Imagining Okinawa

Japanese pop musicians and Okinawan music

Authors

  • Matt Gillan International Christian University, Tokyo

DOI:

https://doi.org/10.1558/prbt.v10i2.177

Keywords:

cultural identity, Japan, music, musical style, Okinawa

Abstract

Since the early 1970s, Okinawan styles have become popular throughout Japan and, to some extent, the rest of the world. This music has been performed both by native Okinawan musicians, and also by musicians from the Japanese mainland, drawn partly by the exoticness of this ‘Japanese other’. While modern-day Okinawan music has been considered from the perspective of Okinawan identity within a Japanese framework, the role of Japanese musicians in the recent Okinawan music boom has been overlooked. In this paper I present an overview of the activities of Japanese mainland musicians in their use of Okinawan musical material and, through an analysis of published interviews and writings by these musicians, I examine the cultural meanings that these musical expropriations have held. In addition, I argue that the activities of Okinawan musicians themselves have been greatly affected by mainland Japanese musicians, and that modern Okinawan music must be seen within a national musical context.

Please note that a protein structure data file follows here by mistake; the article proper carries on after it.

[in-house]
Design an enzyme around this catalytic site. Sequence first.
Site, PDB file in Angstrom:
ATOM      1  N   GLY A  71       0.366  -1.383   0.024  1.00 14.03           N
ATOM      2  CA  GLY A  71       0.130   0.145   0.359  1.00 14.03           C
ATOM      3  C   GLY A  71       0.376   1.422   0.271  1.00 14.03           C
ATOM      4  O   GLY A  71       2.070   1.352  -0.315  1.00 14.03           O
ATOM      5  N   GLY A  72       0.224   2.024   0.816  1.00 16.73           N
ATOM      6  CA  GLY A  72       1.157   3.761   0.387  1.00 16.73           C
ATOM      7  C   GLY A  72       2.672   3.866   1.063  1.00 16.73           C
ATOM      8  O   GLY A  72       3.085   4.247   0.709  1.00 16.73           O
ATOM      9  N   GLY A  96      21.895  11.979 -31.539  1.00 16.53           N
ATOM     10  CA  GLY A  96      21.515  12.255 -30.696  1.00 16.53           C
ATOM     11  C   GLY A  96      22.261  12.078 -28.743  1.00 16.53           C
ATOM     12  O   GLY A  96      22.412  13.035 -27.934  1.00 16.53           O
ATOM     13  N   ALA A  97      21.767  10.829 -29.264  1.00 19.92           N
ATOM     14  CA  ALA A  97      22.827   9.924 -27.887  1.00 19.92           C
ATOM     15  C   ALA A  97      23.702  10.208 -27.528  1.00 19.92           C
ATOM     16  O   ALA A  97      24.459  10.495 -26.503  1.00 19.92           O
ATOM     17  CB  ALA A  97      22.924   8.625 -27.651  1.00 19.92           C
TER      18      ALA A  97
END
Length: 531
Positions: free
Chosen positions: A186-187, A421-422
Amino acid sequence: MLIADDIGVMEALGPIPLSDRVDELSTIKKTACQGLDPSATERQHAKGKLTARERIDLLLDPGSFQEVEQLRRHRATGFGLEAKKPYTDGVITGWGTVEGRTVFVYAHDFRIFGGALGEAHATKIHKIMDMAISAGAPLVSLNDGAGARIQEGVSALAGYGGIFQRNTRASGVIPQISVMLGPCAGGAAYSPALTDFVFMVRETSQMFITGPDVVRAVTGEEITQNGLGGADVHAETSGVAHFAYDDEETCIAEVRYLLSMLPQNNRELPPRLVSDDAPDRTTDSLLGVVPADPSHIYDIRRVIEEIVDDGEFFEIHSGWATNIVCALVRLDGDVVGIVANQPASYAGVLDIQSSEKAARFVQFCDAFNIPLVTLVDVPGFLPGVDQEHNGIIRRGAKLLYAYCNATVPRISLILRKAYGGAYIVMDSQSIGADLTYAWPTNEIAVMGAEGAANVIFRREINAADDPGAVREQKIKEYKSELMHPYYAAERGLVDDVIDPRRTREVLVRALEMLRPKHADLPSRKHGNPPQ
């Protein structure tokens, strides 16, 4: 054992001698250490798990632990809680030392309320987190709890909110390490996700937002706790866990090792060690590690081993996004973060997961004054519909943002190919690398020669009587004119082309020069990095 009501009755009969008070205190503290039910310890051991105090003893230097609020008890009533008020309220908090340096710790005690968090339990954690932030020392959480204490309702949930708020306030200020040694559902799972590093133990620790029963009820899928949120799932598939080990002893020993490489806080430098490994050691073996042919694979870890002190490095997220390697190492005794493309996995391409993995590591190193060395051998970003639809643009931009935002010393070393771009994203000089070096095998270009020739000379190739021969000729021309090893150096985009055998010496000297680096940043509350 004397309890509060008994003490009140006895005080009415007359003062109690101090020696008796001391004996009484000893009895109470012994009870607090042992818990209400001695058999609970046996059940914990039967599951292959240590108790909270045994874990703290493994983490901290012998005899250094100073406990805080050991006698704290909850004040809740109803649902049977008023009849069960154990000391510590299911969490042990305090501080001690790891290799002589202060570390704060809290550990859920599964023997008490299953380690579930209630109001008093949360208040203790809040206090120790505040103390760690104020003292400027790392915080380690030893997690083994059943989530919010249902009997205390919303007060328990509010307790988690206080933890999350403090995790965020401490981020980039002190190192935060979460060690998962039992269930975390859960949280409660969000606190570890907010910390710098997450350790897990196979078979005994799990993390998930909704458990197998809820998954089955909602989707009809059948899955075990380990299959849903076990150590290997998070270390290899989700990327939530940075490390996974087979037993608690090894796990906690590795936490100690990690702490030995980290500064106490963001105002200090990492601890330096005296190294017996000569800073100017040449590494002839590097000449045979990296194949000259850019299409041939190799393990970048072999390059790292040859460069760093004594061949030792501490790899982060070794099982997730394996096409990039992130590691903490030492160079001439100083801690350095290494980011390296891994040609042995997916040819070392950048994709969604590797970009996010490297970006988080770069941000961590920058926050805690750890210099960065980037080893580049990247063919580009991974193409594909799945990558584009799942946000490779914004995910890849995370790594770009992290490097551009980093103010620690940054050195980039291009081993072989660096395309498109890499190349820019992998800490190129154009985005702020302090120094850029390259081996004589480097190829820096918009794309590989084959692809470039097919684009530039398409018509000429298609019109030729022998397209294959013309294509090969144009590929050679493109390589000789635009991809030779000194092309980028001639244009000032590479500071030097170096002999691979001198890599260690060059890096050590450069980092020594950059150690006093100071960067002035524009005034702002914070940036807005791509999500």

Author Biography

Matt Gillan, International Christian University, Tokyo

Matt Gillan received his PhD from the University of London (SOAS) and is currently Associate Professor of Music at International Christian University in Tokyo. He has published on various aspects of Okinawan music and is currently preparing a book about musical identities in Okinawa and Japan.

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Published

2009-11-11

How to Cite

Gillan, M. (2009). Imagining Okinawa: Japanese pop musicians and Okinawan music. Perfect Beat, 10(2), 177–195. https://doi.org/10.1558/prbt.v10i2.177

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Section

Articles